The discovery of yet another Canadian cow infected with BSE, or mad cow disease, has again raised alarm bells about the safety of our beef and has producers worried about extended import bans to the United States. But really, we should be asking ourselves what caused the problem in the first place and how we can make our meat production safe and sustainable.
The discovery of yet another Canadian cow infected with BSE, or mad cowdisease, has again raised alarm bells about the safety of our beef and hasproducers worried about extended import bans to the United States. Butreally, we should be asking ourselves what caused the problem in the firstplace and how we can make our meat production safe and sustainable.
It's an issue that has become more urgent since a new report has found thateven parts of cattle that had previously been considered low risk may stillharbour the rogue proteins called "prions" that are suspected of causingvCJD, the human variant of mad cow disease.
According to a report to be published in the journal Science, researchersfound that when they induced an "inflammatory response" (the body's naturalimmune response to common illness and injury) in mice infected with theequivalent of BSE, there was an explosion of prions in the rodents' organslike the kidney and liver - organs that had been thought to be relativelyimmune to the proteins. If the same response occurs in BSE-infected cattle,then no part of the animal may be safe.
And mad cow is just one of many problems we've created through theindustrial meat production practices that have become common over the pastfew decades. Not long ago, most people purchased their meat from a butcher,who knew where his meat came from and what the animals were fed. Whenlarger supermarkets replaced small butcher shops, most of these storesstill had an in-house butcher, and animal carcasses were proudly displayedbehind glass - to be custom cut according to the customer's needs.Today, we have stepped back even more. Now, most of our meat comes instandardized, sanitized, shrink-wrapped packages in supermarket coolers, oris found already processed in luncheon meats, canned goods and frozenentrees. We've distanced ourselves so much from the source of our food thatwe no longer consider its biological origins. And when you get that faraway from something, you lose perspective.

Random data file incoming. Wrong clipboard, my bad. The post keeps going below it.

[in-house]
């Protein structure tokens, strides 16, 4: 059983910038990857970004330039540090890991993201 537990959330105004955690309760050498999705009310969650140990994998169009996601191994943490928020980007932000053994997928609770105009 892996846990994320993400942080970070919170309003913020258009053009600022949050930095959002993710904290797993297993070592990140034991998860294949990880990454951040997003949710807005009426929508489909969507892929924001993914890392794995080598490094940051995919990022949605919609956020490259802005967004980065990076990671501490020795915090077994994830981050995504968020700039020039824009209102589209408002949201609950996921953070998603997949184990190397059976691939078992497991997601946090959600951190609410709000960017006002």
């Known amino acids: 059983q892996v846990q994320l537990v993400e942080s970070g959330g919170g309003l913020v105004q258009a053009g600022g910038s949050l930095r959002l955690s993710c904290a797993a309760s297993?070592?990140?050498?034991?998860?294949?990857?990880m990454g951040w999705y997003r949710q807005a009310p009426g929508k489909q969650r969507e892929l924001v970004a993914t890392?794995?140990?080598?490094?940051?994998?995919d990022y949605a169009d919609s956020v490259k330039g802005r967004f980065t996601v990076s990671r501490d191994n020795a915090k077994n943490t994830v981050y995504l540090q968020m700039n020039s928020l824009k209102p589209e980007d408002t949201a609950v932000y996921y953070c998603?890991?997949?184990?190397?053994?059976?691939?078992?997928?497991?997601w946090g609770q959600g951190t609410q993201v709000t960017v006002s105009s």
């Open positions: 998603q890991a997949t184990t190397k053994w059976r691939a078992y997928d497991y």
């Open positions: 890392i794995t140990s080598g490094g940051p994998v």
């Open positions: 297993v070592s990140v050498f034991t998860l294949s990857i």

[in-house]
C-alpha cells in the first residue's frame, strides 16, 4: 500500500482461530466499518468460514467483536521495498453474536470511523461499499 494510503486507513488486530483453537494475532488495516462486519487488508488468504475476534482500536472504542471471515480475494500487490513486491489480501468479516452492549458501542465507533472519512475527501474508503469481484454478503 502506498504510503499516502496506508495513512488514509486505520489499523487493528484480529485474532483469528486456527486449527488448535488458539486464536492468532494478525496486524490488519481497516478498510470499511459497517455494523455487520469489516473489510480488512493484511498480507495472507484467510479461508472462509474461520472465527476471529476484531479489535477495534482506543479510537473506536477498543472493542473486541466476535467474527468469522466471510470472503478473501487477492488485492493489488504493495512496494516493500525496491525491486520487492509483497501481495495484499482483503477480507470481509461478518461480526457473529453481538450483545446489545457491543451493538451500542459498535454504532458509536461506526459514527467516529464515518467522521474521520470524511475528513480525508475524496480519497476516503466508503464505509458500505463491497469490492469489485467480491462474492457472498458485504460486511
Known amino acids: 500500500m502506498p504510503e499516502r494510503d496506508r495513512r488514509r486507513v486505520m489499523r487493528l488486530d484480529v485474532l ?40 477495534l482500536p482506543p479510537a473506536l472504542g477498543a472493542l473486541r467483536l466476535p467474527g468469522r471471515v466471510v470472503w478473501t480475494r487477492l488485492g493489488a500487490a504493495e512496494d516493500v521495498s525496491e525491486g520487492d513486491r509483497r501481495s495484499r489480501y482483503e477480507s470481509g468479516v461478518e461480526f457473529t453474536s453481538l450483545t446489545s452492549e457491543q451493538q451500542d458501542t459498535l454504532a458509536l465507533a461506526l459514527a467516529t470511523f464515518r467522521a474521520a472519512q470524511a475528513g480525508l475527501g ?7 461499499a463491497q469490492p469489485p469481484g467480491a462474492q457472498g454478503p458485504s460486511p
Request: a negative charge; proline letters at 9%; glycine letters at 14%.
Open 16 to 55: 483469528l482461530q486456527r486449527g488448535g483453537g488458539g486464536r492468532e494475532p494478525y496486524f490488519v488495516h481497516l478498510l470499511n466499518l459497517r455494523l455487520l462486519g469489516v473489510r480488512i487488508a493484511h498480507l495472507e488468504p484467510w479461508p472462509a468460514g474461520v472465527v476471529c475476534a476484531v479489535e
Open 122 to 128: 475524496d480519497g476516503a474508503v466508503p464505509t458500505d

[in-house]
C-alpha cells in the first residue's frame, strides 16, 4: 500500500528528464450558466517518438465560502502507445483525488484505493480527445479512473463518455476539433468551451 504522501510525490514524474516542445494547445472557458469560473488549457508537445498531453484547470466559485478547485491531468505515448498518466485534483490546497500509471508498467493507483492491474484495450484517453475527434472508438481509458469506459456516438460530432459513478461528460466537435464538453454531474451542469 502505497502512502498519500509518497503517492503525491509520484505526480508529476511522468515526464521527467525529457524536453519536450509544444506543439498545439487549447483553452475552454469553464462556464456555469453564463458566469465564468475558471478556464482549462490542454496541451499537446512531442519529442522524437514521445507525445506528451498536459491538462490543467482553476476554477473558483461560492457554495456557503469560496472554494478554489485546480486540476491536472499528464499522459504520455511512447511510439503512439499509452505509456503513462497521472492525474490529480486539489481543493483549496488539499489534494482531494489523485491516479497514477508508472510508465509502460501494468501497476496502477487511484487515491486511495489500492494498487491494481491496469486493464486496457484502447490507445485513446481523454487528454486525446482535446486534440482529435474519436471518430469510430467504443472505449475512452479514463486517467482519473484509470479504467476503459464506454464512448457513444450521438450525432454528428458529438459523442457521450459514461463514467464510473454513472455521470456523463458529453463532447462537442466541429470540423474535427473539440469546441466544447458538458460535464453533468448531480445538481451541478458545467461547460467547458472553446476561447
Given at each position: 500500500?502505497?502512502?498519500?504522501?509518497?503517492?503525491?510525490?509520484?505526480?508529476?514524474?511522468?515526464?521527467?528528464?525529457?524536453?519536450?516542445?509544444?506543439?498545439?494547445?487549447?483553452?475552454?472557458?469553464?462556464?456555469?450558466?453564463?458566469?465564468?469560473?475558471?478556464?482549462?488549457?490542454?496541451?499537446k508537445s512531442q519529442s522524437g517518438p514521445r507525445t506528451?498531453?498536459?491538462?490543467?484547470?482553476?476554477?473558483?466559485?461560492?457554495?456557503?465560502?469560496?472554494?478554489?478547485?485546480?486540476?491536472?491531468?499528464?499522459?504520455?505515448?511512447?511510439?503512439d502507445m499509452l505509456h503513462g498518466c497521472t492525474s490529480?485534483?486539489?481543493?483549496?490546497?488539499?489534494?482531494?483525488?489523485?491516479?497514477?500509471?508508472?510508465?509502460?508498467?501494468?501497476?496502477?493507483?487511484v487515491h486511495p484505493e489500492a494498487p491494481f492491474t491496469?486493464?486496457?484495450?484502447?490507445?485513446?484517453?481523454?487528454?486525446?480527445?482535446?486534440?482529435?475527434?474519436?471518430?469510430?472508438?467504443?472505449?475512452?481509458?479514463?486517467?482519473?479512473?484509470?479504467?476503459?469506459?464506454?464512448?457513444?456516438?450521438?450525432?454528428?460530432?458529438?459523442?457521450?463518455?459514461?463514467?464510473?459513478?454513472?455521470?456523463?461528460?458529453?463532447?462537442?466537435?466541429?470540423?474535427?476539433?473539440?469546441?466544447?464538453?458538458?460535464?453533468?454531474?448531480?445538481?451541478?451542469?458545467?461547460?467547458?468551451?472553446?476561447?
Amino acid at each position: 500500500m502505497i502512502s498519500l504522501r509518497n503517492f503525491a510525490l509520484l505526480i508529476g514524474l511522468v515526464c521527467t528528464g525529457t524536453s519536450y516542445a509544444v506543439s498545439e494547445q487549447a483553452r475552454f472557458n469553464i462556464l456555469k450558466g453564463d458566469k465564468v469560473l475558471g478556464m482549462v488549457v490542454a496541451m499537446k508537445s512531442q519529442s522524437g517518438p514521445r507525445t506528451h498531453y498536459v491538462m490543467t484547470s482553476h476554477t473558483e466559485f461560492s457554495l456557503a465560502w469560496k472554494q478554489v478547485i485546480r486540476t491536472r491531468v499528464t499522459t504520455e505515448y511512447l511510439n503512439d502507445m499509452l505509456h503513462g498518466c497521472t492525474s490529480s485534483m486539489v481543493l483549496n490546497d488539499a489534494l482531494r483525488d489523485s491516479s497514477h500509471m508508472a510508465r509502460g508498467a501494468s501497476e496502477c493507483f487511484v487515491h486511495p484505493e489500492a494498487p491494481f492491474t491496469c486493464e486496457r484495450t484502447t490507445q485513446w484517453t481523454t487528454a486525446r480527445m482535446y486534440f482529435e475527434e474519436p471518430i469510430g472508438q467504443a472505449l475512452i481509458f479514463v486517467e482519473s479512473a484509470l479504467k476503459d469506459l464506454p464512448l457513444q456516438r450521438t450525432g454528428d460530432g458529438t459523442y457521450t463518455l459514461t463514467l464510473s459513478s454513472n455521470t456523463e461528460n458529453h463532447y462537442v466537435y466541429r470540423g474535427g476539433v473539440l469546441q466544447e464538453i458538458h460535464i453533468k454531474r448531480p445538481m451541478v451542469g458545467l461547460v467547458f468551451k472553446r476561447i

As a result, most of us have no idea where their meat comes from or whatgoes into raising the butchered animals. In fact, high-volume factoryfarming practices are now common, where vast numbers of chickens, pigs andcattle are raised in close quarters on high-protein diets and fed largequantities of antibiotics and growth hormones to prevent them from gettingsick and make them grow faster. Family farms have a hard time competingwith these massive-scale operations.
And when the bottom line is always to cut costs and improve profit margins,then animal welfare, food safety and environmental considerations go outthe window. If producers can save money by feeding meat byproducts tocattle and essentially turning animals that are naturally herbivores intocarnivores, then that's what happens. And if society ends up with avian fluoutbreaks, BSE, antibiotic-resistant bacteria and water pollution from vastquantities of manure, then too bad for us. Industrial meat suppliers don'thave to pay for these problems - they are borne by all of society.
We do have options. First, we can eat less meat. The average Canadian eats276 grams (almost 2/3 of a pound) of meat every day. That's three times theamount recommended by the World Cancer Research Fund. Second, as consumers,we can support better farming practices by finding out where our meat comesfrom, asking for organic or natural, grass-fed beef and voicing concernsabout factory farming and other unsustainable meat production practices toour political leaders.
Ultimately for our food system to be safe and sustainable, we have toprevent problems like BSE from happening in the first place. Cleaning upthe mess afterwards is inefficient, expensive and can even prove deadly.